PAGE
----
The Year Without As Much Stuff

We are almost a full month into 2015. I can’t even believe that. I know I’m a few weeks late on the new year/new goals posts, but truthfully I wasn’t sure I was going to share this. And truthfully it’s something we started before the new year.

My husband and I have made an official decision about 2015. It will be The Year Without As Much Stuff (yeah I’m working on a better title, currently taking submissions). The parameters of this goal are simple: anything we CAN buy used we do, and anything we CAN’T buy used we reevaluate the importance of and try to go without. The whys of this goal are less simple. Most people assume it’s about money, but that is not even remotely close to what it’s about.

Let me explain in a way most people (or at least women) I know will understand. Let’s start with Target. Now listen, I love Target. Like, deep in my bones, all the memes are true, I want to sleep there after hours love. L. O. V. E. So I’m heading to Target because the bakery there sells these really incredible shortbread cookies filled with dark chocolate. I can only get them at Target and I need almond milk anyway so I pack up the kids and head out. My three year old, Gabe, wants us to get the BIG cart but it’s a snowy yuck day and they’re all wet and I have nothing to wipe them down with so we have to settle for the regular sized cart and he is pouting as I set him in the basket end and his pouting pushes his sister, my one year old named Lula, into pouts as well. We aren’t two feet into the store when I realize this may not be worth it for the cookies. Conveniently most Targets have a Starbucks inside them and I’m pretty sure a sugary frothy warm cup of goodness is just what I need (that’s on the menu, just ask for it). As I’m standing there waiting to order my son see’s the chocolate milk and stops his pouting and angelically asks if he can have one, so I get him one because he did say please and chocolate milk is a once in a blue moon treat and I’m here for my once in a blue moon treat so why not. While we wait for my drink to be made I notice that the new line of cold cup tumblers are on display and the old new line of cold cup tumblers is on clearance for 20% off and $10 is a bargain for a cup that used to be $12 and as anyone who knows me can attest I am a sucker for a cold cup. It’s a weird obsession, I know.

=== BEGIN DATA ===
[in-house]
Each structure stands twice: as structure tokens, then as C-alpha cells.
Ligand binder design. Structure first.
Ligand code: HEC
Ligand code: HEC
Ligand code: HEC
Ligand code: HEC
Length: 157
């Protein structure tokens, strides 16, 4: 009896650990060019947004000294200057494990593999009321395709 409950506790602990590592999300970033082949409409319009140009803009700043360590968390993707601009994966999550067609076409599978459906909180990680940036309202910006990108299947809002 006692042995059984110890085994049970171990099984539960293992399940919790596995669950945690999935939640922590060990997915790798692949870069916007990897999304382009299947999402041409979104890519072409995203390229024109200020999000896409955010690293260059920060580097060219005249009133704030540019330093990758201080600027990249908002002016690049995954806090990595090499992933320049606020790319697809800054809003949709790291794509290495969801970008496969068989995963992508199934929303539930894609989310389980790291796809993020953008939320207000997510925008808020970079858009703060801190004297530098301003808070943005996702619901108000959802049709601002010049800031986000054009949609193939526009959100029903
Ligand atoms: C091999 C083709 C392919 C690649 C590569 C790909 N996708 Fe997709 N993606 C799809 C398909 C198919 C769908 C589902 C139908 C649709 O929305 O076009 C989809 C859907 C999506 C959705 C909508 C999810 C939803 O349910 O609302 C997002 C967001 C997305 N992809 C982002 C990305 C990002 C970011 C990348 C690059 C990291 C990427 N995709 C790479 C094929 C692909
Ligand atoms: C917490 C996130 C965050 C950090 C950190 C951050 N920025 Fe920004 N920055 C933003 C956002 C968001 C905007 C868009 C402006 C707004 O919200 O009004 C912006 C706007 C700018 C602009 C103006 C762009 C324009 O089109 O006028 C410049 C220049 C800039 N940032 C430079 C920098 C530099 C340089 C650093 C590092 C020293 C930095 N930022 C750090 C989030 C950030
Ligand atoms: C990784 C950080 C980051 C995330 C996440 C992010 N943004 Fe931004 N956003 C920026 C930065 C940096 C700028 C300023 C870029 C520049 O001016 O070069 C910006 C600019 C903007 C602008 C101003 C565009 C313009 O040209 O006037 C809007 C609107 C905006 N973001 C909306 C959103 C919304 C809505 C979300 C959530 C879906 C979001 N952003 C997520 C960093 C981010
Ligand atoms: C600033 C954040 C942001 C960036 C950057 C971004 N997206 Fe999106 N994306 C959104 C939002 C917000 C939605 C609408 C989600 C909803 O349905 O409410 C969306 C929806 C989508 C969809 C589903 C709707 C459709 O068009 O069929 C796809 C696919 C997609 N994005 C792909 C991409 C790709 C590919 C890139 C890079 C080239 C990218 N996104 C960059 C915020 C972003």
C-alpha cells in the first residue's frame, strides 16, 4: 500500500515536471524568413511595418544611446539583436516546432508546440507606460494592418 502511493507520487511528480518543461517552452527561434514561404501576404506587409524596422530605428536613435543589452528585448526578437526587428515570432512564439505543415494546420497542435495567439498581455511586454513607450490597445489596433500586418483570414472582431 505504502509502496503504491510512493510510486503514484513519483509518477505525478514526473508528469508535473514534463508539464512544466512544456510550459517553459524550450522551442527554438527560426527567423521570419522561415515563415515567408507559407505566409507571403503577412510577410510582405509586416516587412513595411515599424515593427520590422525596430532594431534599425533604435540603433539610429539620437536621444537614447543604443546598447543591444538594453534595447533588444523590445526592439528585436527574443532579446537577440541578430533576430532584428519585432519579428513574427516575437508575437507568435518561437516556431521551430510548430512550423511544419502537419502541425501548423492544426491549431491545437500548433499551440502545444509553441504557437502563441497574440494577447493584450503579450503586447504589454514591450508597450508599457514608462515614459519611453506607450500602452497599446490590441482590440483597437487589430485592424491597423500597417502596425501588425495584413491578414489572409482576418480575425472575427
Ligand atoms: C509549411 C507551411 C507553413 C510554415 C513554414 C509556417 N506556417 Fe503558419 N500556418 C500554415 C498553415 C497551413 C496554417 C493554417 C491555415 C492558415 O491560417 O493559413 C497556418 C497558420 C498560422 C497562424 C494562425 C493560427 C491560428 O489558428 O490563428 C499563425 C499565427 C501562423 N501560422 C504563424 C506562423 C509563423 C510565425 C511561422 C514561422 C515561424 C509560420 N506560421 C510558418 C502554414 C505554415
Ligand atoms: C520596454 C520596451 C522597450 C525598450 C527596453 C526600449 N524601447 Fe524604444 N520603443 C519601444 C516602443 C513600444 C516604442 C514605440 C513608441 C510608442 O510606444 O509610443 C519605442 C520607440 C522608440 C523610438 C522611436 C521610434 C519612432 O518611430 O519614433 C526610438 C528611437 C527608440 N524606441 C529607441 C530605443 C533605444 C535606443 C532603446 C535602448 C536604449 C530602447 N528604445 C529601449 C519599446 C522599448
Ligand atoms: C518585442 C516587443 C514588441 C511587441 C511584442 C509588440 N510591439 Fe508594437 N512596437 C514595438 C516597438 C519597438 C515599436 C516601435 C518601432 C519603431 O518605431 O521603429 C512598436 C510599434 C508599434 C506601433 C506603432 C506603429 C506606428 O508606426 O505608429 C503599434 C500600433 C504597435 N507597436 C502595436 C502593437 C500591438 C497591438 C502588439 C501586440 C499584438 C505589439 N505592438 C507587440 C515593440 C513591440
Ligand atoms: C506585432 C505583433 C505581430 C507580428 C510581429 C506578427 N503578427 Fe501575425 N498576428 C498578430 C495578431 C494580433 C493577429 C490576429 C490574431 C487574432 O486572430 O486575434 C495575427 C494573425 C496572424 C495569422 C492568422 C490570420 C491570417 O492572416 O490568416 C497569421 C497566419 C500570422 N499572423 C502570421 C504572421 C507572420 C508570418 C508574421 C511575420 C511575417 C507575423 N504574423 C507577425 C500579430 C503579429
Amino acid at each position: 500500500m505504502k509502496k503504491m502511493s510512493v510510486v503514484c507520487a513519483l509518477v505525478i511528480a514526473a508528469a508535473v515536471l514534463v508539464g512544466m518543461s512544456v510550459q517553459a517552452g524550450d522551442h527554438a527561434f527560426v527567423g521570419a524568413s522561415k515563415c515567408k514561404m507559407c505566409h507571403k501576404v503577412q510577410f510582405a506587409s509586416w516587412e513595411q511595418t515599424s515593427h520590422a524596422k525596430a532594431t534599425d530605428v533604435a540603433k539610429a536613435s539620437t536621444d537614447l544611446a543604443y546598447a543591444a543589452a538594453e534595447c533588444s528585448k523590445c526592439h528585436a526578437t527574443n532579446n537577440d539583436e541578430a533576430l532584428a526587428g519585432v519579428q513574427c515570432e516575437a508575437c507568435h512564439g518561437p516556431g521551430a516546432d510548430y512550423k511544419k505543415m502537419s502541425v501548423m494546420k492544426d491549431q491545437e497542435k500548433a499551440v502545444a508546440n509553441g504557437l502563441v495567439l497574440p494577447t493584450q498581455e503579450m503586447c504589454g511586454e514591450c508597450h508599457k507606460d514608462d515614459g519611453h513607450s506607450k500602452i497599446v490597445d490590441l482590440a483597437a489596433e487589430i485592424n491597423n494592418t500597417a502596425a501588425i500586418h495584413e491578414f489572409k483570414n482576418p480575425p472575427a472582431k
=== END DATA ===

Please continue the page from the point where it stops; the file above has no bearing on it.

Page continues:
Okay, now on to the cookies and the milk. And maybe just a quick peruse through the clearance clothes. I don’t need anything in particular at the moment but a bargain is a bargain and double plus bonus when a bargain is also cute! And sure enough, all their wintery delightful sweaters are somewhere between 30 and 70 percent off. I grab two. I love a good cardi.

And just for good measure I’m going to swing through the dollar spot, because, hello, everything is $1-$3! And look! Fuzzy winter socks, cute chalkboard stickers, washi tape and kids sunglasses! Man! Alright, I’m done, I swear, wait, baby clothes, NO! I’m done. Heading to the cashier now. Man, this was a really productive trip to Target, I think to myself as I pay for all my new awesomeness.


What exactly did I produce, you ask? Well, one sunny, cold, self-reflective morning I asked that too. And the answer? Waste. All kinds of it.

I want to stop here and say something really, really clearly. This post is not meant to shame anyone. I’m not interested in convincing anyone of anything. What I’m interested in is talking about how I felt after I had this epiphanous moment. So understand that anything I say from here on out is directed at me and not you, if it pricks at you, impacts you or challenges you, then truthfully I’m glad, but my intent here is to explain me, not condemn you.

There are a million reasons for me to change this behavior of buying more than I need in myself, to teach my children differently. But here my top two.